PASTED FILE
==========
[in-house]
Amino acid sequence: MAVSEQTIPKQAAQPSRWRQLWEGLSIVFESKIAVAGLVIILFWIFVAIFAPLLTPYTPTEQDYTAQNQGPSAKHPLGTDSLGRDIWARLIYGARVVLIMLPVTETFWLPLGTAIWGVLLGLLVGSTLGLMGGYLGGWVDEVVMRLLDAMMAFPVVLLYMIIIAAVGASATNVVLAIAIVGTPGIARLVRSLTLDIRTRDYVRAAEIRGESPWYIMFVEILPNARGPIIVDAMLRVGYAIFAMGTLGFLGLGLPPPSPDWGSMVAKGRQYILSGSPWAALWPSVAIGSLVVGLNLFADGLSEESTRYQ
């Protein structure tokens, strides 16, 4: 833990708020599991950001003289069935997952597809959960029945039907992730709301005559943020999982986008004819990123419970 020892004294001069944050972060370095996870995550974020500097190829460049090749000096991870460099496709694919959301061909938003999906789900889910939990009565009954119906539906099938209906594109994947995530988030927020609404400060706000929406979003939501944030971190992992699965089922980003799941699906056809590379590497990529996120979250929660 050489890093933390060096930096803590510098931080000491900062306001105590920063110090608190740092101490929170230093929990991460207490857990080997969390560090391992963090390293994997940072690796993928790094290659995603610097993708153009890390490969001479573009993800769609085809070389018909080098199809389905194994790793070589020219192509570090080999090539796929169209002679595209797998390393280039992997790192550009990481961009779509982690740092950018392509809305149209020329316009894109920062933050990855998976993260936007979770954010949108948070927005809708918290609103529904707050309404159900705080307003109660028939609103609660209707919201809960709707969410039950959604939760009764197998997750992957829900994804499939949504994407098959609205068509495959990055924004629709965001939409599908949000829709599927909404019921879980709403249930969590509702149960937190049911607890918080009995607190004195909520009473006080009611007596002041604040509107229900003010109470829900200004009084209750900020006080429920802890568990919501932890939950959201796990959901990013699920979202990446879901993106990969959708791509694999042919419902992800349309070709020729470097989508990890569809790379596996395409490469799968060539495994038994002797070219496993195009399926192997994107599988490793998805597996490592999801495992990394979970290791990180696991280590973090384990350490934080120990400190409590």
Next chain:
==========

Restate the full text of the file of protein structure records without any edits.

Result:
[in-house]
Amino acid sequence: MAVSEQTIPKQAAQPSRWRQLWEGLSIVFESKIAVAGLVIILFWIFVAIFAPLLTPYTPTEQDYTAQNQGPSAKHPLGTDSLGRDIWARLIYGARVVLIMLPVTETFWLPLGTAIWGVLLGLLVGSTLGLMGGYLGGWVDEVVMRLLDAMMAFPVVLLYMIIIAAVGASATNVVLAIAIVGTPGIARLVRSLTLDIRTRDYVRAAEIRGESPWYIMFVEILPNARGPIIVDAMLRVGYAIFAMGTLGFLGLGLPPPSPDWGSMVAKGRQYILSGSPWAALWPSVAIGSLVVGLNLFADGLSEESTRYQ
């Protein structure tokens, strides 16, 4: 833990708020599991950001003289069935997952597809959960029945039907992730709301005559943020999982986008004819990123419970 020892004294001069944050972060370095996870995550974020500097190829460049090749000096991870460099496709694919959301061909938003999906789900889910939990009565009954119906539906099938209906594109994947995530988030927020609404400060706000929406979003939501944030971190992992699965089922980003799941699906056809590379590497990529996120979250929660 050489890093933390060096930096803590510098931080000491900062306001105590920063110090608190740092101490929170230093929990991460207490857990080997969390560090391992963090390293994997940072690796993928790094290659995603610097993708153009890390490969001479573009993800769609085809070389018909080098199809389905194994790793070589020219192509570090080999090539796929169209002679595209797998390393280039992997790192550009990481961009779509982690740092950018392509809305149209020329316009894109920062933050990855998976993260936007979770954010949108948070927005809708918290609103529904707050309404159900705080307003109660028939609103609660209707919201809960709707969410039950959604939760009764197998997750992957829900994804499939949504994407098959609205068509495959990055924004629709965001939409599908949000829709599927909404019921879980709403249930969590509702149960937190049911607890918080009995607190004195909520009473006080009611007596002041604040509107229900003010109470829900200004009084209750900020006080429920802890568990919501932890939950959201796990959901990013699920979202990446879901993106990969959708791509694999042919419902992800349309070709020729470097989508990890569809790379596996395409490469799968060539495994038994002797070219496993195009399926192997994107599988490793998805597996490592999801495992990394979970290791990180696991280590973090384990350490934080120990400190409590």
Next chain: